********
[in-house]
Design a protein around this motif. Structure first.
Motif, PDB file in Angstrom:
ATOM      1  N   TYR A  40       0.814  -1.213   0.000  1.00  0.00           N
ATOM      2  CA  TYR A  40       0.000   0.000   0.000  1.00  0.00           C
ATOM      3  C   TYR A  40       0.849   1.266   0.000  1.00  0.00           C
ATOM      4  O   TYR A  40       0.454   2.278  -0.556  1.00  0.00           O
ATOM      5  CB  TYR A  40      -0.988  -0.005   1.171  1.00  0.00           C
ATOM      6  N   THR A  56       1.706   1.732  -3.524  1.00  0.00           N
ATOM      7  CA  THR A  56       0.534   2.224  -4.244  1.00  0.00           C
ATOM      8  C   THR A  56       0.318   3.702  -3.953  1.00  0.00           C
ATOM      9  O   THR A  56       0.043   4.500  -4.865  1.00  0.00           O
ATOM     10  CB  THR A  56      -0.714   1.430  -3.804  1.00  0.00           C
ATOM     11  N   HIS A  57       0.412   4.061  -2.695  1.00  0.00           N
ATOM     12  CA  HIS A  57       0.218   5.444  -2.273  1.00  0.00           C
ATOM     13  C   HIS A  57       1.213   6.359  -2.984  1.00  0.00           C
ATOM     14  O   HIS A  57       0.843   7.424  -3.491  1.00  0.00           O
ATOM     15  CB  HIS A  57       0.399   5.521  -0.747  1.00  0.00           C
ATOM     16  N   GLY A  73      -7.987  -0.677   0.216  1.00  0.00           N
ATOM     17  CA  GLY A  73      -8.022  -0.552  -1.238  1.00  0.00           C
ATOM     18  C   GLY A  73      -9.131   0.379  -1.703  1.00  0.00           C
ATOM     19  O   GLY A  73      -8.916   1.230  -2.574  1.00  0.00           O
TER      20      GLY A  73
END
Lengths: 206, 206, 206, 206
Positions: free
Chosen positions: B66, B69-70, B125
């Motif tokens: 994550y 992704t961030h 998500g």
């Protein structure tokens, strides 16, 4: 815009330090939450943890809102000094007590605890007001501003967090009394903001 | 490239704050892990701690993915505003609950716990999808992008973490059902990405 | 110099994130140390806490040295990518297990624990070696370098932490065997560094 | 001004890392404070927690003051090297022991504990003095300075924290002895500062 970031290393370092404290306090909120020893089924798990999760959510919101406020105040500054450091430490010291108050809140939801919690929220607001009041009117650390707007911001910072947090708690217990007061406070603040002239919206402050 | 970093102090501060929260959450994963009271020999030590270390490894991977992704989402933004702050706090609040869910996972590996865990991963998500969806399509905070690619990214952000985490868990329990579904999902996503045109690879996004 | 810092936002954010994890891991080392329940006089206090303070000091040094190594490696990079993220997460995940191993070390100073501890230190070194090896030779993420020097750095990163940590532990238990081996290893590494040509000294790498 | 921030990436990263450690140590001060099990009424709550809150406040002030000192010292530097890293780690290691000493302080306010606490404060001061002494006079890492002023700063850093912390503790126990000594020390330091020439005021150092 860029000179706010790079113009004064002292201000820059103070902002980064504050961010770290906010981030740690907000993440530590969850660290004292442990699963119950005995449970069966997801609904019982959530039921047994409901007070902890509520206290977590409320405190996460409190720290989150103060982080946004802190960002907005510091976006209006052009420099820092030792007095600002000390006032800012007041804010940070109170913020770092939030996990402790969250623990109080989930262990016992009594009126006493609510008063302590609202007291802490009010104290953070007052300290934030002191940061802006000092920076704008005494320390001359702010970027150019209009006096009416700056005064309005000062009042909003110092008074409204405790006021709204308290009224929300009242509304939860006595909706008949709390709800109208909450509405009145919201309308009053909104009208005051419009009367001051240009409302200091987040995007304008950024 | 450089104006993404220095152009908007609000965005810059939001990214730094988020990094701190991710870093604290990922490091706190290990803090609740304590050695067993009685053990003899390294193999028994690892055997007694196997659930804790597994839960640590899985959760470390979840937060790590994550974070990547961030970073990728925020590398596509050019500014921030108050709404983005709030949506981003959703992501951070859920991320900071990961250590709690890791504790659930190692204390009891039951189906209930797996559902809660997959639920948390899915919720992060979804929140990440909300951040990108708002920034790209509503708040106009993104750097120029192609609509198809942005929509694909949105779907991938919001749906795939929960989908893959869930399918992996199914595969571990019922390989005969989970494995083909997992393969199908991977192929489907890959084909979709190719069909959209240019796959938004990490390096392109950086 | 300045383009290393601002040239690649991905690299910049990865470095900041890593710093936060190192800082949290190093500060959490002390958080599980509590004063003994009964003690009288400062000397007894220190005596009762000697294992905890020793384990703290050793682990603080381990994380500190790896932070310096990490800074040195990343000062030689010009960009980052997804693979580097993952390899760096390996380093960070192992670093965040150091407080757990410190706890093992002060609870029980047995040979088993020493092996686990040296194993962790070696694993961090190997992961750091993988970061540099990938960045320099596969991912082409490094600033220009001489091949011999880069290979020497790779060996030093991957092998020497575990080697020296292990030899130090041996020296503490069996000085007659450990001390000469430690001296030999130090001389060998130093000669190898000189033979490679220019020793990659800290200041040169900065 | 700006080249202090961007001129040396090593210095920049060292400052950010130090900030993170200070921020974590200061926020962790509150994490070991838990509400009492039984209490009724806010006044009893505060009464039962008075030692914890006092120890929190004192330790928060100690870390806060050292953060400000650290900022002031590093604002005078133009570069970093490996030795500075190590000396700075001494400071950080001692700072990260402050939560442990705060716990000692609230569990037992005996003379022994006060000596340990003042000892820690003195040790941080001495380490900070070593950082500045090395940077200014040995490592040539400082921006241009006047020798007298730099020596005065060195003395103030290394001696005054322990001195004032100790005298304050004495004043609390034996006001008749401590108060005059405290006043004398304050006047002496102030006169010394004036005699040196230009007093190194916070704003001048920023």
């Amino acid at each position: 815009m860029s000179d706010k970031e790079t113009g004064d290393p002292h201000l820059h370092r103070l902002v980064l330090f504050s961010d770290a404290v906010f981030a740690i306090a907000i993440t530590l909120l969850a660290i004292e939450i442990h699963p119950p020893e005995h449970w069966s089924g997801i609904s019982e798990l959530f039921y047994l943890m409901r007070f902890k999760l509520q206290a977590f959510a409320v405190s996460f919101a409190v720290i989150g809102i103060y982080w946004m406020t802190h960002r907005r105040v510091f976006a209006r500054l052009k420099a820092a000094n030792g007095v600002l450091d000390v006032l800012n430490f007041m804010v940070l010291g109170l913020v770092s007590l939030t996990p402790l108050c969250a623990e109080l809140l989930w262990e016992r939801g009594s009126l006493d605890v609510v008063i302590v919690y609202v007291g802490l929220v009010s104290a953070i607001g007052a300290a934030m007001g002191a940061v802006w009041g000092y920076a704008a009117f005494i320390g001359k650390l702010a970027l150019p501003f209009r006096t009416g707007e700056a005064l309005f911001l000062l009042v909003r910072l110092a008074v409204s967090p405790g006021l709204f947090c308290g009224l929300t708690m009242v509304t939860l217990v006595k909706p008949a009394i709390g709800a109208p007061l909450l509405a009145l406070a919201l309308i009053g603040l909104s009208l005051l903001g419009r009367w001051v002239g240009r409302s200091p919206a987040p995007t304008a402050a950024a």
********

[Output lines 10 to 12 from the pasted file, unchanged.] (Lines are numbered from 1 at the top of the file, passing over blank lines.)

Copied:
ATOM      7  CA  THR A  56       0.534   2.224  -4.244  1.00  0.00           C
ATOM      8  C   THR A  56       0.318   3.702  -3.953  1.00  0.00           C
ATOM      9  O   THR A  56       0.043   4.500  -4.865  1.00  0.00           O